In advance of World Autism Month 2022, Autism Good Practice Guidance for Schools – Supporting Children and Young People has been published by the government.
This guidance document has been developed as a resource for schools to support the needs of students with autism.
It aims to assist teachers, SNAs and others working with children and young people with autism in an education setting to understand their needs so there can be effective engagement.
The guidance was developed by an expert working group drawn from the National Educational Psychological Service, the National Council for Special Education, the Department’s Inspectorate and the Middletown Centre for Autism.
In welcoming the guidance, Minister Madigan said:
My vision is of an education system with inclusion at its heart where every child is fully supported to reach their full potential. School staff do wonderful work to support students and today’s announcement is about making sure they have the resources they need.
This guidance provides an essential reference point for people working with autistic children and young people in an education setting.
It is the first and most comprehensive guidance framework of its kind and can be accessed through a user friendly interactive online portal on the Department’s website.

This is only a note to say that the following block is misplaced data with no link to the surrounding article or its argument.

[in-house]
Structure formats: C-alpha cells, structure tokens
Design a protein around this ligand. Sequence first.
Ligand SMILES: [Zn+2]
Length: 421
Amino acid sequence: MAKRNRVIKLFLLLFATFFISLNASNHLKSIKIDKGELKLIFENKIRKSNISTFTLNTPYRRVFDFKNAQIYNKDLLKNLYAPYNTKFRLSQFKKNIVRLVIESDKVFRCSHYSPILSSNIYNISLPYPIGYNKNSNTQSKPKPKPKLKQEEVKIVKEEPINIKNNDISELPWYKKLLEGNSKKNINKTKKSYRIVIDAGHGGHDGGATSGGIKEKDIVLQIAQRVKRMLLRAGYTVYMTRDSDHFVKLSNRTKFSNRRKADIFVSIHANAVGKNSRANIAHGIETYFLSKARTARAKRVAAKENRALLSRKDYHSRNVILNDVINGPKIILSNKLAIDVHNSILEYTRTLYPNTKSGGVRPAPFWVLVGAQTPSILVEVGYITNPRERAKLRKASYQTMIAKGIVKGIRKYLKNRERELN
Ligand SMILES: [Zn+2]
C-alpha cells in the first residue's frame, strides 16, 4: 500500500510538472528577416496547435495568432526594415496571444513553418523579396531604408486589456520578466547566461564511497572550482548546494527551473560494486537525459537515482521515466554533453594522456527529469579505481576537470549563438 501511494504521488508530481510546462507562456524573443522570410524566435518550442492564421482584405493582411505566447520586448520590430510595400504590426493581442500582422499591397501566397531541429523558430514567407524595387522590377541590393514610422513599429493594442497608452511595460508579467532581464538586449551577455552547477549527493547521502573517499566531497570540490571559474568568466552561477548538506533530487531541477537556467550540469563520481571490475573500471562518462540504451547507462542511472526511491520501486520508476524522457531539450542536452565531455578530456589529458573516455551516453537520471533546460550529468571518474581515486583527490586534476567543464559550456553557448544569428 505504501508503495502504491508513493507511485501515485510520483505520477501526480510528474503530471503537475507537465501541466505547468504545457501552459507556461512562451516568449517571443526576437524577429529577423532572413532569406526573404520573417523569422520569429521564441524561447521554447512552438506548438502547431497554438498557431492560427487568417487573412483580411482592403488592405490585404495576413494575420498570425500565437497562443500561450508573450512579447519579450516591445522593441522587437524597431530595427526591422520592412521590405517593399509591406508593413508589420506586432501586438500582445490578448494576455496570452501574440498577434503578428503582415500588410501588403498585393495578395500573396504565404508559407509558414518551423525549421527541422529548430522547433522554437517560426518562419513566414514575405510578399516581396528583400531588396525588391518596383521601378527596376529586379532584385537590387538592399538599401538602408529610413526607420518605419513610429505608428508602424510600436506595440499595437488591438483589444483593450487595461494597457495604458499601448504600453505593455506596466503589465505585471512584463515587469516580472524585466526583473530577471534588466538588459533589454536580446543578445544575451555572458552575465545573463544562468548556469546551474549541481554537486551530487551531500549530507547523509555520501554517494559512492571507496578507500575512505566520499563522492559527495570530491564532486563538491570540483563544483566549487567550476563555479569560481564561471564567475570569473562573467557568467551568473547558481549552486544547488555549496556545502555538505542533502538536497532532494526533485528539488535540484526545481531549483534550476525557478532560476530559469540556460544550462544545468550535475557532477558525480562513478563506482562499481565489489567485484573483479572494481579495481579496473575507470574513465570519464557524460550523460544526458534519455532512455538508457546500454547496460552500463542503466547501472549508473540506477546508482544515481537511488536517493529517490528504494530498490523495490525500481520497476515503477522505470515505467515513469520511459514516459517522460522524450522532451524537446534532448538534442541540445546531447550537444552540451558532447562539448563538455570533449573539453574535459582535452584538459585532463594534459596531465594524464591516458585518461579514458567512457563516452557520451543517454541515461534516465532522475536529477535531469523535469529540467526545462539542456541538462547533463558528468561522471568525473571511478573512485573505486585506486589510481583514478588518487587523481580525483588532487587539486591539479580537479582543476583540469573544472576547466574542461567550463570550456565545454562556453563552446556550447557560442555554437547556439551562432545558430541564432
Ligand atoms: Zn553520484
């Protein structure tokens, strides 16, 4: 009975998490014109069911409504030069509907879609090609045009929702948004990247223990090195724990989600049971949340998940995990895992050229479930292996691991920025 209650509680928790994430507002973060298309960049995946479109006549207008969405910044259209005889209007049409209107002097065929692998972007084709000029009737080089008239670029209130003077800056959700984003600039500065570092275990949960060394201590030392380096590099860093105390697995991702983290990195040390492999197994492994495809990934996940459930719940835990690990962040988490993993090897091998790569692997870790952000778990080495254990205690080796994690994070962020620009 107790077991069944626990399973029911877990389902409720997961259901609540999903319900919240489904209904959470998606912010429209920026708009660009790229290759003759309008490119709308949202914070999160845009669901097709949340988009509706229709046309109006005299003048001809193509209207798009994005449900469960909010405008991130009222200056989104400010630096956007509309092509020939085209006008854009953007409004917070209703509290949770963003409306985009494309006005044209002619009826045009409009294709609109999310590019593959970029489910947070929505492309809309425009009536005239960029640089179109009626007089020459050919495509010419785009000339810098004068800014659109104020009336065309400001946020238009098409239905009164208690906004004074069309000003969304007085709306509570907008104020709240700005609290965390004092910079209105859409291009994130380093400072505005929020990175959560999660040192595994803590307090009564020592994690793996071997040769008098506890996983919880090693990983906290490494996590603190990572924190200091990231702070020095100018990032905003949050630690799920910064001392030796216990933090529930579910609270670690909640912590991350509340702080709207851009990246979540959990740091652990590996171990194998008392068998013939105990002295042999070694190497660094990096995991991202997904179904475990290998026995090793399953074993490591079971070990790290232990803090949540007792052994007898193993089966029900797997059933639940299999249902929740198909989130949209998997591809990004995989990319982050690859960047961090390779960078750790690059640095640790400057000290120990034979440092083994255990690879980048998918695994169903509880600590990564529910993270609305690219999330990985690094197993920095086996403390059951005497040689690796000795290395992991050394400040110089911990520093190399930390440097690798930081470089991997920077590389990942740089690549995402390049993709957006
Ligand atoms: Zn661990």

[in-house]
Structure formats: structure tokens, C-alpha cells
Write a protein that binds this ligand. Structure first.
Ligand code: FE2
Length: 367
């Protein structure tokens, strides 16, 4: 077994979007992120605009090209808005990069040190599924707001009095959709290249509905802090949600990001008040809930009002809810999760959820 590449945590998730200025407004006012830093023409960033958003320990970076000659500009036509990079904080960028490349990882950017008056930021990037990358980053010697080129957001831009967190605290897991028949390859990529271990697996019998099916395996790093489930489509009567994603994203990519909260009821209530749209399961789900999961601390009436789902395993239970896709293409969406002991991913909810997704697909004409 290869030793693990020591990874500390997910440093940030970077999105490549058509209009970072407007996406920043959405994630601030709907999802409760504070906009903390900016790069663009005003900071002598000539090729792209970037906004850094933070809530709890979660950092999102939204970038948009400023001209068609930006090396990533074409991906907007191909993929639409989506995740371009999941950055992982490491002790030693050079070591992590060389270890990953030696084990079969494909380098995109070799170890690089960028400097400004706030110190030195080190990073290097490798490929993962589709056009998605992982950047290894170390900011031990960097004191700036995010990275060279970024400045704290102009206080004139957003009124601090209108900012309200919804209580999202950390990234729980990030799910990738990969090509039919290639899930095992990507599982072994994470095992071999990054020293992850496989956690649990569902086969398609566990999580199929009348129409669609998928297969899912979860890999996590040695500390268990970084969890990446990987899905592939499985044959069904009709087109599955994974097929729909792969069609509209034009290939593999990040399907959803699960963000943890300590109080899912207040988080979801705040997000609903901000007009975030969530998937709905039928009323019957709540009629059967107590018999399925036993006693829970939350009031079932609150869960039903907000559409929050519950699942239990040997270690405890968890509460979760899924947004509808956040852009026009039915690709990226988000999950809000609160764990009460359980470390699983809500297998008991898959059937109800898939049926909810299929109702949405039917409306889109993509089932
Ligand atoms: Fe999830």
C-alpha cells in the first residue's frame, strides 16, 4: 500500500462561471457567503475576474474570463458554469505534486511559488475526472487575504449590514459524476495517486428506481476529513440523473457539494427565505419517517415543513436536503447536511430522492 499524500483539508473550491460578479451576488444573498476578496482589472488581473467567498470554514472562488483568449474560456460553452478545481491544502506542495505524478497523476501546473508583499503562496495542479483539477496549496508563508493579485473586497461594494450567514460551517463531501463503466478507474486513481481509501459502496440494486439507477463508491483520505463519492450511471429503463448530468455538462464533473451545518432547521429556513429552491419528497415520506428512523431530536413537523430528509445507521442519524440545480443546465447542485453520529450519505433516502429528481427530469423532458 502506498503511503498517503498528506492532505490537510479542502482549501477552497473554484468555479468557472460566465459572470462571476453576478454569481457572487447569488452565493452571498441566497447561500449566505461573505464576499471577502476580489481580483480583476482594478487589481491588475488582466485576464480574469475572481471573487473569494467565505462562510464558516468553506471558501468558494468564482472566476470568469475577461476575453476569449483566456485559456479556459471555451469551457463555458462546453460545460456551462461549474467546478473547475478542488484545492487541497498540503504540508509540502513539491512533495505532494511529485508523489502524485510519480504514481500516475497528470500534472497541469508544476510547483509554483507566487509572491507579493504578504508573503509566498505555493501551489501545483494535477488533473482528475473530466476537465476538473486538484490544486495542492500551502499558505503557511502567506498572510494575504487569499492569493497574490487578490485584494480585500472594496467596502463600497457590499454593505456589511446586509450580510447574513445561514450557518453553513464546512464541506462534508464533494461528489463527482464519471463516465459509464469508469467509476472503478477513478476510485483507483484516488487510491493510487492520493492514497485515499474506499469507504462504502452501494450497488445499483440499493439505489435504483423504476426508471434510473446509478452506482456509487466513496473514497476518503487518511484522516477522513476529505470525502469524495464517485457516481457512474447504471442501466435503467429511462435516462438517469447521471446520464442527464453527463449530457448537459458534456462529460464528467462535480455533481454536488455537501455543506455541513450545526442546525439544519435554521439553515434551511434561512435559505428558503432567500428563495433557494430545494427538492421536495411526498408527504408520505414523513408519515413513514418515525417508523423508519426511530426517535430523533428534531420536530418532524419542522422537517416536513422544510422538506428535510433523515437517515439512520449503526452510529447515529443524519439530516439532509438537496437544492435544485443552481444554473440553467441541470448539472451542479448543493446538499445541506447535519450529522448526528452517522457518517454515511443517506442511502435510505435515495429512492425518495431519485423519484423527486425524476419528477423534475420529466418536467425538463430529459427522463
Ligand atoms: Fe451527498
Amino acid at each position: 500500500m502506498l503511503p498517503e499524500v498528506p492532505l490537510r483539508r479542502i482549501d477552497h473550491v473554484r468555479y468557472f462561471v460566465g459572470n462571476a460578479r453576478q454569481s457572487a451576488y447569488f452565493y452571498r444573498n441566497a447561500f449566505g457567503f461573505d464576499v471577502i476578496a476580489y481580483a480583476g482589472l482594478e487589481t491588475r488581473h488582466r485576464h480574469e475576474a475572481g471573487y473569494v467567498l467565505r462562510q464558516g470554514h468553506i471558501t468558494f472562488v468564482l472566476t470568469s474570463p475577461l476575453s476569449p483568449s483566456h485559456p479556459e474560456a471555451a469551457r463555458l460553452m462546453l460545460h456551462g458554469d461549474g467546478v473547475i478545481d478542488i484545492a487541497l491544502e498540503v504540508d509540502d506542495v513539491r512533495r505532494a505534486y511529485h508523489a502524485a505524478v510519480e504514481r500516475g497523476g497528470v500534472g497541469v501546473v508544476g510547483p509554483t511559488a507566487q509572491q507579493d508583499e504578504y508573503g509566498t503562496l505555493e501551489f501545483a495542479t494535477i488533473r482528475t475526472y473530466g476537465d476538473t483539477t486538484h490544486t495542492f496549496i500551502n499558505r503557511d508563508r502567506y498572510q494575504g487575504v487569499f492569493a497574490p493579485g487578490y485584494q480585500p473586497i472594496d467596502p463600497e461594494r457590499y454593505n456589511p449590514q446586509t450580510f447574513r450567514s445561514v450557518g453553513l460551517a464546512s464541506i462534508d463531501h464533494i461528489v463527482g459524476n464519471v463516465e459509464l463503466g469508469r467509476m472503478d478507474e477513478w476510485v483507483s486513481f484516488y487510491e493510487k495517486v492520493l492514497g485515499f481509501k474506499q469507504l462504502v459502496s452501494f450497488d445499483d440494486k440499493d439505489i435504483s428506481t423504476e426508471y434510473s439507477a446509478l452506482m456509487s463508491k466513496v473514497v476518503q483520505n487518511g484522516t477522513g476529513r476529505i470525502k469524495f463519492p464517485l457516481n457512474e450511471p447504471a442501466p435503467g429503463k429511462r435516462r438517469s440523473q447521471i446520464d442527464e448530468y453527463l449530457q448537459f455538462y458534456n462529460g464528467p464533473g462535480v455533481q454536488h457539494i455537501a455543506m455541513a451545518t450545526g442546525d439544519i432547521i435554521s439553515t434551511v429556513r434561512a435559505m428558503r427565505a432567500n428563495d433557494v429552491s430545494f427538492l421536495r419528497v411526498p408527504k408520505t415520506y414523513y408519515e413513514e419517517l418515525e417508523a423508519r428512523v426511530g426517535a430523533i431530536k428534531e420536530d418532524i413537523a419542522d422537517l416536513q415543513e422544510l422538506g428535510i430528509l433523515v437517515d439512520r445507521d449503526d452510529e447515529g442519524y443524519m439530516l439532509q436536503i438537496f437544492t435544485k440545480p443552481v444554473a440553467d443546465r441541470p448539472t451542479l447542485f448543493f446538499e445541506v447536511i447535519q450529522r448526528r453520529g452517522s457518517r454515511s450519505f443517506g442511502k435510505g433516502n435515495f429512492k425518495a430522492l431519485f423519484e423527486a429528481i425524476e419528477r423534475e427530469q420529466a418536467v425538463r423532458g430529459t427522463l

The guidance draws from a wide range of local and international research and effective practice in the area and will help schools in their practice and engagement in the school and classroom environment. More broadly, the guidance will inform teacher education programmes and training programmes for school staff.
The guidance is relevant to supporting students across mainstream, special class and special school settings. It provides information and support across eight key areas of practice to support the wellbeing, learning and participation of students with autism.
A companion document to the guidance document, outlines indicators of effective practice which schools can use as part of a reflective process to review aspects of provision for students with autism.
Minister Madigan said:
Education is a right and should be vindicated as such. In developing this guidance, the Department aims to ensure that all our schools have the knowledge, understanding, skills and confidence to adapt their culture, provision and environment so that all our autistic students can engage in meaningful, full-time participation in their school communities.
Consultation with education stakeholders was a central element in the development of the guidance and the guidance will be reviewed and updated in light of experience.